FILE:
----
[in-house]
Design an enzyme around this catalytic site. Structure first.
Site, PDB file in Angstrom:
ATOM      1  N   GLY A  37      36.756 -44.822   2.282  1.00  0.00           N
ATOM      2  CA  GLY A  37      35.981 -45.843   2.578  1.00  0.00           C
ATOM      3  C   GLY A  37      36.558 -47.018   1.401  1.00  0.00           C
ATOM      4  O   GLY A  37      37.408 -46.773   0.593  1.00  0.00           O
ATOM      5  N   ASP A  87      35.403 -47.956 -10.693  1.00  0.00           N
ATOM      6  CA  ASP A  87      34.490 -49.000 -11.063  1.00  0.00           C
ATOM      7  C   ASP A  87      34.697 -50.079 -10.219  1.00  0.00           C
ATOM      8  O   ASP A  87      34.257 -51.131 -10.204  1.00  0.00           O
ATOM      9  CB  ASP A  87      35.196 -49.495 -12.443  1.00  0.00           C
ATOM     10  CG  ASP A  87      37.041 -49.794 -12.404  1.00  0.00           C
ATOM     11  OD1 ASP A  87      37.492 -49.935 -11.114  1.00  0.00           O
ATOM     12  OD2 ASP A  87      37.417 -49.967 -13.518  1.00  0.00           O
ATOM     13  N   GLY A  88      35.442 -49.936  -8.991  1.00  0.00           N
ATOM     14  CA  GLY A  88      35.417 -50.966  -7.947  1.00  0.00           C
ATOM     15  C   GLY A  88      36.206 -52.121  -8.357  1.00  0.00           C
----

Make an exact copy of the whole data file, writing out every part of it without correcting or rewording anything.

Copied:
[in-house]
Design an enzyme around this catalytic site. Structure first.
Site, PDB file in Angstrom:
ATOM      1  N   GLY A  37      36.756 -44.822   2.282  1.00  0.00           N
ATOM      2  CA  GLY A  37      35.981 -45.843   2.578  1.00  0.00           C
ATOM      3  C   GLY A  37      36.558 -47.018   1.401  1.00  0.00           C
ATOM      4  O   GLY A  37      37.408 -46.773   0.593  1.00  0.00           O
ATOM      5  N   ASP A  87      35.403 -47.956 -10.693  1.00  0.00           N
ATOM      6  CA  ASP A  87      34.490 -49.000 -11.063  1.00  0.00           C
ATOM      7  C   ASP A  87      34.697 -50.079 -10.219  1.00  0.00           C
ATOM      8  O   ASP A  87      34.257 -51.131 -10.204  1.00  0.00           O
ATOM      9  CB  ASP A  87      35.196 -49.495 -12.443  1.00  0.00           C
ATOM     10  CG  ASP A  87      37.041 -49.794 -12.404  1.00  0.00           C
ATOM     11  OD1 ASP A  87      37.492 -49.935 -11.114  1.00  0.00           O
ATOM     12  OD2 ASP A  87      37.417 -49.967 -13.518  1.00  0.00           O
ATOM     13  N   GLY A  88      35.442 -49.936  -8.991  1.00  0.00           N
ATOM     14  CA  GLY A  88      35.417 -50.966  -7.947  1.00  0.00           C
ATOM     15  C   GLY A  88      36.206 -52.121  -8.357  1.00  0.00           C